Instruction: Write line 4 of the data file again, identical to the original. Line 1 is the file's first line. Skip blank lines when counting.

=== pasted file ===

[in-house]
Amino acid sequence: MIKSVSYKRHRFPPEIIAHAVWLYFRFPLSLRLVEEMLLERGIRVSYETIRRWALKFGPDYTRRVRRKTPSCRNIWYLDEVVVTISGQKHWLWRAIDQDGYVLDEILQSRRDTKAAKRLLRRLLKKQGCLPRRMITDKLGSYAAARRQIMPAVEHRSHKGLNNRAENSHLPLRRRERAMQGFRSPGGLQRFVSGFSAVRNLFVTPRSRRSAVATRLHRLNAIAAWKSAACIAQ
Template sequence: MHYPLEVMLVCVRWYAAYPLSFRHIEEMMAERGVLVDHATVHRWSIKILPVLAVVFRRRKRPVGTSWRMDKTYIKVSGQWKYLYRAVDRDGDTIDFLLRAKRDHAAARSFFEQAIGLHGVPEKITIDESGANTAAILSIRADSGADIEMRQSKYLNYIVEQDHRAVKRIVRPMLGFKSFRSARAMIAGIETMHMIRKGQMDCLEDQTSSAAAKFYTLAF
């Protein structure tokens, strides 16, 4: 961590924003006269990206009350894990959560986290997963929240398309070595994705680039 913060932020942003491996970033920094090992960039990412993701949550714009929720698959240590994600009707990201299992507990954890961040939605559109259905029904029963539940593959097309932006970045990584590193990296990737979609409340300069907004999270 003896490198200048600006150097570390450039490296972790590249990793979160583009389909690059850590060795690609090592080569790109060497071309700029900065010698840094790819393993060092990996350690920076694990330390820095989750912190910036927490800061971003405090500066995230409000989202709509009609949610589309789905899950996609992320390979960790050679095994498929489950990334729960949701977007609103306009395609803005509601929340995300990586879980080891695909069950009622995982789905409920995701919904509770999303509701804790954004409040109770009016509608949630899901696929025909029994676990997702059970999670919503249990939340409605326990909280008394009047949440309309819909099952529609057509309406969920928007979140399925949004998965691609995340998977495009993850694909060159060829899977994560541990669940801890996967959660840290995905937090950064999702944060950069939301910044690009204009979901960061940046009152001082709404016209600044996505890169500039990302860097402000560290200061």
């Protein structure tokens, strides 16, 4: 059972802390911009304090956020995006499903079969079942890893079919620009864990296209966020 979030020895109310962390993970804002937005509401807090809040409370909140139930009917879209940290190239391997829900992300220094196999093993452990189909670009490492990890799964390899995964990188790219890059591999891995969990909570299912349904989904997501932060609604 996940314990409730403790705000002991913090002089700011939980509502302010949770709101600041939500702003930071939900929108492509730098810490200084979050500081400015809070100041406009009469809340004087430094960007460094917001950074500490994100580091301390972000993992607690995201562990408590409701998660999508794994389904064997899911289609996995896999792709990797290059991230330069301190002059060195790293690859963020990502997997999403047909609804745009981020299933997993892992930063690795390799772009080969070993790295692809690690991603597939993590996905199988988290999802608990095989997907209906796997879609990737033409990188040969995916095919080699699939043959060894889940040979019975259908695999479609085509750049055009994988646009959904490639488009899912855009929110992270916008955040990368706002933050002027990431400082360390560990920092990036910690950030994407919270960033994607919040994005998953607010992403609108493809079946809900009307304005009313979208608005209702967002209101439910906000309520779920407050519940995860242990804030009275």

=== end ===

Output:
């Protein structure tokens, strides 16, 4: 961590924003006269990206009350894990959560986290997963929240398309070595994705680039 913060932020942003491996970033920094090992960039990412993701949550714009929720698959240590994600009707990201299992507990954890961040939605559109259905029904029963539940593959097309932006970045990584590193990296990737979609409340300069907004999270 003896490198200048600006150097570390450039490296972790590249990793979160583009389909690059850590060795690609090592080569790109060497071309700029900065010698840094790819393993060092990996350690920076694990330390820095989750912190910036927490800061971003405090500066995230409000989202709509009609949610589309789905899950996609992320390979960790050679095994498929489950990334729960949701977007609103306009395609803005509601929340995300990586879980080891695909069950009622995982789905409920995701919904509770999303509701804790954004409040109770009016509608949630899901696929025909029994676990997702059970999670919503249990939340409605326990909280008394009047949440309309819909099952529609057509309406969920928007979140399925949004998965691609995340998977495009993850694909060159060829899977994560541990669940801890996967959660840290995905937090950064999702944060950069939301910044690009204009979901960061940046009152001082709404016209600044996505890169500039990302860097402000560290200061």